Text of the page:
Marcus Williams, who whiffed on Stefon Diggs' walk-off TD, explains what happened
After a great rookie campaign, Williams makes a terrible mistake on the Saints' final play of the season
There are long shots and then there's what happened on Sunday. With four seconds left and trailing the Saints, 24-23, Vikings quarterback Case Keenum lofted a pass to Stefon Diggs near New Orleans' 35-yard line. Diggs should have been tackled there and the game should have been over. Instead, :
We could watch that 100 more times and we'd have 100 different questions. The one everyone keeps coming back to: What was Saints safety Marcus Williams doing?
And it wasn't like the rookie had no business being on the field at such a critical moment; the second-round pick out of Utah had a solid 2017 season; he started 15 games and had seven pass-breakups and four interceptions. He also graded out as the 12th best safety in the league, according to Pro Football Focus. It's just that on the most consequential play of Williams' career, he whiffed. To his credit, the 21-year-old faced reporters after the game.
"It was just my play to make. The ball was in the air; I didn't go attack it," Williams said, via the New Orleans Advocate. "I've just got to be that guy, go up and get the ball. As the safety back there, you've got to be the eraser. That was my job. The last play of the game, you've got to go do it, and you've got to save the game."
Watching and re-watching Williams on that final play, it's hard to figure out just what he's trying to do. Coach Sean Payton tried to explain.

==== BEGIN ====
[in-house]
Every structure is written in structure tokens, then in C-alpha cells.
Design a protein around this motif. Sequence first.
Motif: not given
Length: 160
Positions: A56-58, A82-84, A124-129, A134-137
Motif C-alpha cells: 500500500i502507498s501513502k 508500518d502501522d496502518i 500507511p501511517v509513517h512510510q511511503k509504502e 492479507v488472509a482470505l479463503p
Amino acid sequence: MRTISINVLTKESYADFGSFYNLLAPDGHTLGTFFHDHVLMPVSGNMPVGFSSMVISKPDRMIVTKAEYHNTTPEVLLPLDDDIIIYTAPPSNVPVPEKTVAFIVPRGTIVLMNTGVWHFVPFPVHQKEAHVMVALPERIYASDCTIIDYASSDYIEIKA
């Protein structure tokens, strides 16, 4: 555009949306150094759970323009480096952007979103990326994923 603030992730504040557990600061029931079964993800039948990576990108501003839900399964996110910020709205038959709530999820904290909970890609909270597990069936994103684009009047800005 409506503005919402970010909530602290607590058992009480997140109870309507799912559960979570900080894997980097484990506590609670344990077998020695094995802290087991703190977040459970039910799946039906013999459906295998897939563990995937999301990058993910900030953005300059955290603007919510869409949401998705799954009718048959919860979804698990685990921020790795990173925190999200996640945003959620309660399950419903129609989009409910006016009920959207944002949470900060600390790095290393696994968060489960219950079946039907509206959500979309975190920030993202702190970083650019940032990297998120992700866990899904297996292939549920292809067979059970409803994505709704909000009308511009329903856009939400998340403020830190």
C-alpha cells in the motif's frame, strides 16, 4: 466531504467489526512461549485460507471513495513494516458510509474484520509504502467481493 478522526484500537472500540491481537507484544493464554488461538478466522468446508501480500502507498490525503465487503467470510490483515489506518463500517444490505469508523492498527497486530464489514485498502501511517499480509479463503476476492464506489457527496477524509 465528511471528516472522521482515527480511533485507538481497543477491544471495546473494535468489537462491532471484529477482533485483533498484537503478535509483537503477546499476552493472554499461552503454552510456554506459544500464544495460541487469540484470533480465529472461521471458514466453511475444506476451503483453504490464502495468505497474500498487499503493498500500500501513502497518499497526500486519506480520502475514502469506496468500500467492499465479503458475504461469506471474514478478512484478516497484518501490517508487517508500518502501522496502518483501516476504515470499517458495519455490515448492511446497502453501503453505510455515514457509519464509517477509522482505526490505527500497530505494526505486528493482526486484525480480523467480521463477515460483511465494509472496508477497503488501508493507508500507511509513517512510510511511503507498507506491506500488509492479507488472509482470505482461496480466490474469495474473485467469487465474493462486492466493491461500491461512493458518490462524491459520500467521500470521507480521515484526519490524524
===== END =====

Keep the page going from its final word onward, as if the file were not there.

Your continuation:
"It's an outside zone," he said. "We're protecting the sidelines. Anything inside, and you're in pretty good position, the game's over. He jumped and went for the tackle. The call was what we wanted in that situation, the right call."
"Protecting the sidelines" -- that explains why Williams was aiming for Diggs' left side -- he wanted to keep the Vikings receiver in bounds so the clock would continue to run. It doesn't explain why Williams didn't use his arms when trying to tackle Diggs, though it may have been that he wanted to avoid hitting Diggs before the ball arrived.
"I feel like I was a little early, but at that point, I've just got to make the tackle when he comes down," Williams said. "It's just those little things that you see, and you've got to make sure you do all that you can to get him down, regardless of if there were 10 seconds left. I knew the situation. You've just got to make sure you make the play."
Despite the loss and the way it unfolded, Williams has the full support of his teammates.
"He's got to keep his head up. I'm not going to say he's not feeling bad about the play or whatever, but we've got his back," rookie cornerback Marshon Lattimore said. "Marcus is a special player. He can't let that one play, even as big as it was, you can't let that play turn you against him. That goes for the fans and our team."
And it goes for Williams too.
"Just overcome it," Williams said. "You can't let it beat you down. I'm going to take it upon myself to do all I can to never let that happen again, and if it happens again, then I shouldn't be playing."
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